Conversely, “free stuff” has exactly the opposite impact on incentives, particularly with respect to the supply of labor. As I have pointed out before, only a Democratic fantasist thinks that “free stuff” has no impact on work incentives and hasn’t contributed, for example, to the deplorably low labor participation rate that we currently have. (And which is also seen in economies like Norway, where the provision of “free stuff” has reached the totally pathological level to which Democrats aspire.)
So, at the deepest level, Dwyer’s equivalence between tax breaks and free stuff is complete nonsense. In fact, in terms of their effect on the economy, they are polar opposites. One is paying people for working, saving and investing – or, more properly speaking, letting them keep more of the money they earn from these activities. The other is mostly paying people for not working. This difference is not difficult to see, is it?
But in addition to being economic nonsense, the article is also offensive. This can be seen, for example, in Dwyer’s mentioning that 17% of the tax giveaways in her chart go to the top 1% of incomes. Almost all tax breaks are subject to restrictions that cap or “clawback” the benefit from high-income taxpayers. One that has a very high limit, or is effectively unlimited in the case of capital gains tax on appreciated property, is charitable giving. This means that the heavy skew to the top 1% is almost certainly the result of a tax break that does not directly benefit the recipient since the money is going to someone else. This makes charitable giving unique among all the “tax expenditures” and “free stuff” discussed by Dwyer. A uniqueness that might have warranted a mention from an author more interested in an unbiased presentation.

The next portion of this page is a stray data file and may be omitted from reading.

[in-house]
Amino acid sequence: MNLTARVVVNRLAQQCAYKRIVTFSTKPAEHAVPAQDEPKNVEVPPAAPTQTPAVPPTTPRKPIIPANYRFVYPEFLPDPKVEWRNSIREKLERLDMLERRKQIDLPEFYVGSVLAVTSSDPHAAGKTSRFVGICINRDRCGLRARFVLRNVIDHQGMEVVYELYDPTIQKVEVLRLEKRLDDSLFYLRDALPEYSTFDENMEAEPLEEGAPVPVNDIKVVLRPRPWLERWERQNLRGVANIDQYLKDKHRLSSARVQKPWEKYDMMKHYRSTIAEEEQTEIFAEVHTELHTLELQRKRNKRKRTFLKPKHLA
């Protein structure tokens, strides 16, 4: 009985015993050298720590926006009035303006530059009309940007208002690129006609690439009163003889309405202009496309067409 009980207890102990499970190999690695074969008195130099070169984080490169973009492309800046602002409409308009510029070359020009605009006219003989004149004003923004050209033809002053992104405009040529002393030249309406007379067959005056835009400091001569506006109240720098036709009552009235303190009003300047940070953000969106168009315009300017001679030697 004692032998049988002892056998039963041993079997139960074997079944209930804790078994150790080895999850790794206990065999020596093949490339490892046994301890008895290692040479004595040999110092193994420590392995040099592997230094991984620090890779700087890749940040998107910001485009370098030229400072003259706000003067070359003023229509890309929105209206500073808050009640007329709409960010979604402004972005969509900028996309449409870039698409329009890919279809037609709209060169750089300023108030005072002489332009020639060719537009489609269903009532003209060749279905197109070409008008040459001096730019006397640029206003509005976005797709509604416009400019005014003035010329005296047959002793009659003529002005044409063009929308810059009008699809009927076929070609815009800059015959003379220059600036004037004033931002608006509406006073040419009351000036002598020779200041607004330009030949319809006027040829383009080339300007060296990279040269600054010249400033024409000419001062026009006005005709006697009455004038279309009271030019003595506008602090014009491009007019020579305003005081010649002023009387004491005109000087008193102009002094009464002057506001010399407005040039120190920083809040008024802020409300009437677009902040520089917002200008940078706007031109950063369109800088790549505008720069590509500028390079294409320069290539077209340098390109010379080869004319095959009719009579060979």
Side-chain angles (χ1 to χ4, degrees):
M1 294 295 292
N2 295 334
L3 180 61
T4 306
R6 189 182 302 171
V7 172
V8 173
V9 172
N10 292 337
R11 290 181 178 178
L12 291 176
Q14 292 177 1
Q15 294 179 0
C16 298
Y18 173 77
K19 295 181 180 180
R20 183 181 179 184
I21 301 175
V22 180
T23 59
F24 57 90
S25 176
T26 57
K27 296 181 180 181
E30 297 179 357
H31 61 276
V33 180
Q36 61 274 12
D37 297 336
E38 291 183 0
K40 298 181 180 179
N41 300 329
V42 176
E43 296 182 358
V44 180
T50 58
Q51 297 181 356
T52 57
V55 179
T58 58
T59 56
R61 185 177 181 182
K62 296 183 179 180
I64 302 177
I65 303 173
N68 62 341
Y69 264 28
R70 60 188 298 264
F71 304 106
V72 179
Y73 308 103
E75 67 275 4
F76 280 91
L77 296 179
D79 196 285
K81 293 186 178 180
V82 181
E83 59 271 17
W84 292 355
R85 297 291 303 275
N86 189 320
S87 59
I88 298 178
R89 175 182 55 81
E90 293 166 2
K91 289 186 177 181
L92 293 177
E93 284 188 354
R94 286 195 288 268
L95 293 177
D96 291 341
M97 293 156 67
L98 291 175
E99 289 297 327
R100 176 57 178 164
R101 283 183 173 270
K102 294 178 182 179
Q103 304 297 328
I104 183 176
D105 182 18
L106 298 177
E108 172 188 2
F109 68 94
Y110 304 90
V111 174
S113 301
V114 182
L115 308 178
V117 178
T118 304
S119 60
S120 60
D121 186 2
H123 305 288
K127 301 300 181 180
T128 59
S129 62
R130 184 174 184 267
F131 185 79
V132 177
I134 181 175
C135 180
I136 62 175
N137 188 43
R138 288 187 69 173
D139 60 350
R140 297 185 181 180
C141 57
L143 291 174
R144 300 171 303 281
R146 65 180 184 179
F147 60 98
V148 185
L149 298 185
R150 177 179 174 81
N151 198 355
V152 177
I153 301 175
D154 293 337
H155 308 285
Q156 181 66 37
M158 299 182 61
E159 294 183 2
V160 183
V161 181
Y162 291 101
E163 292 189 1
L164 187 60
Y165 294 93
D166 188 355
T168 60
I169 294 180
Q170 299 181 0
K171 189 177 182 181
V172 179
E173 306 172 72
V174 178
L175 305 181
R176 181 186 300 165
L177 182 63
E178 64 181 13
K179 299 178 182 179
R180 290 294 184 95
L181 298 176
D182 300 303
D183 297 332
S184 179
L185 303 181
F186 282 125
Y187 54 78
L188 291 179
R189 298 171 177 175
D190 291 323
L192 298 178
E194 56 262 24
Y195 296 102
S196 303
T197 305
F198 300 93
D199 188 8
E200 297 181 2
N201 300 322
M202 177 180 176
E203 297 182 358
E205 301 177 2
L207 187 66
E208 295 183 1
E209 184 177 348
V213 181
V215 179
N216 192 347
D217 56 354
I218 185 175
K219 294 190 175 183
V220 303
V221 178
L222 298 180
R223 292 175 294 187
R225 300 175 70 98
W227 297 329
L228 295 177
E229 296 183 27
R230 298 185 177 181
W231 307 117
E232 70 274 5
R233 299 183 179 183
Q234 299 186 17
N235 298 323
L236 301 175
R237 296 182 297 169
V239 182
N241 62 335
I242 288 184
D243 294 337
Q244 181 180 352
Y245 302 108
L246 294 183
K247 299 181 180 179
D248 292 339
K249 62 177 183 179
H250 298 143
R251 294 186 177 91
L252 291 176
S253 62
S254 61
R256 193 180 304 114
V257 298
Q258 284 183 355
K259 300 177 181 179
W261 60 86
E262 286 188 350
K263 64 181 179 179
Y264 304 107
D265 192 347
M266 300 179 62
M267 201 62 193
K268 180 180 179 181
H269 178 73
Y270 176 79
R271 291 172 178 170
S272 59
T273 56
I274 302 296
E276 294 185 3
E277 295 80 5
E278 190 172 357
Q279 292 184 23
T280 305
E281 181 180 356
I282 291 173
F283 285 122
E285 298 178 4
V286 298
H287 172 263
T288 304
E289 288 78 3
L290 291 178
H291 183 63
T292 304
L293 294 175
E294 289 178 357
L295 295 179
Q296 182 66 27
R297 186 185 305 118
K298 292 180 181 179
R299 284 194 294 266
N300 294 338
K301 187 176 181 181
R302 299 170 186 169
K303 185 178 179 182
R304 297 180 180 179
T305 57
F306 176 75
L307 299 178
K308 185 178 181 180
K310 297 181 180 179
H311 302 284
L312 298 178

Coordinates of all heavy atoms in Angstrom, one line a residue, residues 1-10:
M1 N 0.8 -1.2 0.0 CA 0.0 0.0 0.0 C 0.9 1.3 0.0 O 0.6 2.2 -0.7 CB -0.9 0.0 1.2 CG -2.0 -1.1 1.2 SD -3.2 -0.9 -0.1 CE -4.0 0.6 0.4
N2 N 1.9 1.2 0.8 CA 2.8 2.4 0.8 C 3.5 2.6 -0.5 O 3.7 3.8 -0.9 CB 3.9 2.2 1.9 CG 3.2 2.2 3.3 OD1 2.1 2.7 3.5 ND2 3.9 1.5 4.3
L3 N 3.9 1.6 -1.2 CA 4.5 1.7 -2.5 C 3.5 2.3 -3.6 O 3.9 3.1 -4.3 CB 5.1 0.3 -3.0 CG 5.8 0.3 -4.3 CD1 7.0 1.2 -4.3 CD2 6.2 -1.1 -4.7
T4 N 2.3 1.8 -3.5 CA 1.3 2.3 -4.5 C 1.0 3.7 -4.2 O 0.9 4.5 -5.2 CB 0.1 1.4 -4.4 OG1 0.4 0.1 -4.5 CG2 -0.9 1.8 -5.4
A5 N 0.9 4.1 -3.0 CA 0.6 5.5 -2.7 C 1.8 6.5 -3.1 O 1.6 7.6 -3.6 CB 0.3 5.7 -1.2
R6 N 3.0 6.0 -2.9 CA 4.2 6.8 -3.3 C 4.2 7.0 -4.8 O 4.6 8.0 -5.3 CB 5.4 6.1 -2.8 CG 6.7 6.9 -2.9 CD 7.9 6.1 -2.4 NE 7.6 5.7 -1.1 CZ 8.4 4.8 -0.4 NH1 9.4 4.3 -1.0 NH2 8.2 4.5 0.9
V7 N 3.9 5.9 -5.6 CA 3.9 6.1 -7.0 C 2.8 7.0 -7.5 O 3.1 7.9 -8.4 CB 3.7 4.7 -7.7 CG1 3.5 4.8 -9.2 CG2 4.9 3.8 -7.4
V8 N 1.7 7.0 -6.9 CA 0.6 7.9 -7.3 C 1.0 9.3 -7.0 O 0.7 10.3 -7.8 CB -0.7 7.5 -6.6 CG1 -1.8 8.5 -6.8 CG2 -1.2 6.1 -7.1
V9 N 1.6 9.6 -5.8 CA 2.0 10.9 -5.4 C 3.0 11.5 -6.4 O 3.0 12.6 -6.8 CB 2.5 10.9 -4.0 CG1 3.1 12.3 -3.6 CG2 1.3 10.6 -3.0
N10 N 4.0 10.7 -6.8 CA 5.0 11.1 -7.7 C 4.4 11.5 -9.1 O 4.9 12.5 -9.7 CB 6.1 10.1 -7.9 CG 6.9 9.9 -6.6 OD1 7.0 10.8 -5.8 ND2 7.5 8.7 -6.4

The greatest offense, however, comes from the very term “tax expenditure.” This phrase implies that everything you make actually belongs to the government, except for the grace and favor amounts left to you by our benevolent rulers. It is part of the deeply offensive narrative, which infuses the Democratic Party and includes things like this, that individual effort, merit and responsibility are largely irrelevant and should not be recognized by society. By not compensating these goods, the Democrats are doing their best to assure their shrinking supply.
Weybridge, United Kingdom
 For example, the mortgage interest deduction is a bad idea that promotes leverage and further distorts the consumer choice between renting and owning (a choice that is already skewed by the failure to tax “implicit” rents.)
 There is hypothetical argument that the supply curve for labour may be “backward sloping.” This posits that, at sufficiently high levels of income, people will actually work less because their incremental demand for leisure time is greater than their incremental demand for wealth. I will leave it to the reader to decide how important this hypothetical effect is in practical terms.
 Except through the “psychic” benefit that accrues to charitable donors, but we generally stick to the strictly monetary when discussing government policy.